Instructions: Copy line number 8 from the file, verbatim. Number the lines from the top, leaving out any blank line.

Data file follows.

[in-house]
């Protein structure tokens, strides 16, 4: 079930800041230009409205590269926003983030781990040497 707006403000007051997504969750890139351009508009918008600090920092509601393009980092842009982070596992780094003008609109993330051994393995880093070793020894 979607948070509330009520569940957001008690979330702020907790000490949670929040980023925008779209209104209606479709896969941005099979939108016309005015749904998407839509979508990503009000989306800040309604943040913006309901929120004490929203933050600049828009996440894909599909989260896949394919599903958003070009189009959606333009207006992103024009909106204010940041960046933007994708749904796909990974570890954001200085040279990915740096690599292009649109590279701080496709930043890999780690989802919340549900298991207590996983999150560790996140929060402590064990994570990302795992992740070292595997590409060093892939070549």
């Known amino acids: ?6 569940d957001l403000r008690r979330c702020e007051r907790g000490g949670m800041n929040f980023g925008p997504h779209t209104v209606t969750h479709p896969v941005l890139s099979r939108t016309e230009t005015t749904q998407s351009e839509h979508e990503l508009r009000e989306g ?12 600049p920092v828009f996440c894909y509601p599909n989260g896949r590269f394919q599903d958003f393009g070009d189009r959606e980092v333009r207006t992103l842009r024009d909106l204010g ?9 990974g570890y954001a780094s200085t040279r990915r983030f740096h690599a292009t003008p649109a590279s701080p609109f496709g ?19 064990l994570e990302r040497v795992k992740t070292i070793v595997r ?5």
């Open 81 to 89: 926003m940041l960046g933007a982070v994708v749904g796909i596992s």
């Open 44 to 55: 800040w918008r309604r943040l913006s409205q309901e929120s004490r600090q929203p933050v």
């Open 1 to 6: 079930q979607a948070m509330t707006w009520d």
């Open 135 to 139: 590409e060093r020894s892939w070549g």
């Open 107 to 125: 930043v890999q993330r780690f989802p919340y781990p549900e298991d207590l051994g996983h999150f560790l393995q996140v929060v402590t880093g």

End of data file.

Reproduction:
């Open 107 to 125: 930043v890999q993330r780690f989802p919340y781990p549900e298991d207590l051994g996983h999150f560790l393995q996140v929060v402590t880093g």